Canadian Cancer Statistics 2016
The Government of Canada recognizes that cancer is a major health issue for Canadians.
The 2016 Canadian Cancer Statistics report provides detailed information on cancer incidence, mortality and other statistics for the most common types of cancer in Canada and in the provinces and territories. This information is based on cancer surveillance data from the Canadian Cancer Registry, which is a dynamic database housed and maintained by Statistics Canada that contains records of all new cases of cancer diagnosed in Canada.
The Public Health Agency of Canada is pleased to collaborate with the Canadian Cancer Society, Statistics Canada and other partners to produce Canadian Cancer Statistics 2016.
A full copy of the report is available on the Canadian Cancer Society Website.
About the Canadian Cancer Statistics 2016
Canadian Cancer Statistics is part of an annual series that began in 1987 and has been developed by members of the Steering Committee on Cancer Statistics, which is supported by the Canadian Cancer Society. The Steering Committee is responsible for developing content, reviewing statistical information, interpreting data and writing text. The Steering Committee includes individuals from the Canadian Cancer Society, the Public Health Agency of Canada, Statistics Canada, the Canadian Council of Cancer Registries, as well as researchers based in universities and provincial or territorial cancer agencies.
Highlights of what you will find in the Canadian Cancer Statistics 2016 annual report:
Cancer remains a major cause of death
- In 2016, Canada will continue to see an increase in the number of individuals diagnosed with cancer.
- Cancer is the leading cause of death in Canada, with the number of new cases expected to increase mainly due to population growth and aging.
- In 2016, an estimated 202,400 new cases of cancer (excluding non-melanoma skin cancer) will be diagnosed in Canada and 78,800 cancer deaths will occur.
- Half of all cancer deaths in Canada are due to lung, breast, prostate and colorectal cancers.
- Incidence and mortality rates for men surpass those for women at around age 55.
Cancer is predominately seen in those 50 and over
- The rate of new cases increases with age, particularly in Canadian 50 years and older.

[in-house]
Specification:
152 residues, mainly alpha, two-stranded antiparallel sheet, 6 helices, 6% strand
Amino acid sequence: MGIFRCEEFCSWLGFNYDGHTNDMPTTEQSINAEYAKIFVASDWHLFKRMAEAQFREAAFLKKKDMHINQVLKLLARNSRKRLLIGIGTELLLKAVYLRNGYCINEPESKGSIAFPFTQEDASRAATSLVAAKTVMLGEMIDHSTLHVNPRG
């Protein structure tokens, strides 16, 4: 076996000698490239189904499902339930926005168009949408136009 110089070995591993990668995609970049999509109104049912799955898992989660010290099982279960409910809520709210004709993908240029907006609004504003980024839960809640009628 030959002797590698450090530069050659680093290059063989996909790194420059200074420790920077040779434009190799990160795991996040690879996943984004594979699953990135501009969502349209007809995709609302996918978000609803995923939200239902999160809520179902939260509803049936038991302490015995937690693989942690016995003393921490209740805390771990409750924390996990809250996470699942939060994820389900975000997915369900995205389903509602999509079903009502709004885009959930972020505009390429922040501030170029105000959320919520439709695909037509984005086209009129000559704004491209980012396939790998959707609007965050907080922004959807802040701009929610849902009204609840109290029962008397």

- Overall, 89% of new cases and 96% of deaths occur among those aged 50 and over.
- The highest proportion of cancer deaths will occur in Canadians 80 years and older (34.1%).
Cancer death rates declining in Canada
- Overall age-standardized cancer mortality rates are declining in Canada. Cancer death rates have been declining since 1988 among men, and since the mid-1990s among women.
- In particular, death rates from lung (in men), colorectal, prostate, non-Hodgkin lymphoma, stomach, and larynx cancers have decreased.
- In addtion in women, death rates have decreased notably from breast and ovary cancers.
- Cancer mortality increased notably for liver cancer (both sexes) and uterine cancers.
Incidence rates in some cancers still rising
- Between 2001 and 2010, the overall age-standardized cancer incidence rates have decreased -0.6% per year for males and increased 0.5% per year for females.
- In particular, the incidence rate of melanoma, liver and thyroid cancers are rising in both men and women, as is esophageal cancer among men and uterine cancers among women.
- The incidence rate of larynx cancer is notably decreasing in men and women, as is stomach cancer in men.
For a full PDF version of the 2016 annual report visit the Canadian Cancer Society Website.
- Lung Cancer
- Thyroid Cancer
- Bone Cancer
- Breast Cancer
- Cervical Cancer
- Childhood Cancer
- Colorectal Cancer
- Melanoma Skin Cancer
- Non Melanoma Skin Cancer
- Government of Canada action on Cancer
- Latest Research on Cancer
- Facts and Figures on Cancer in Canada
- About the Government of Canada’s Cancer program
- What can I do if I have Cancer?
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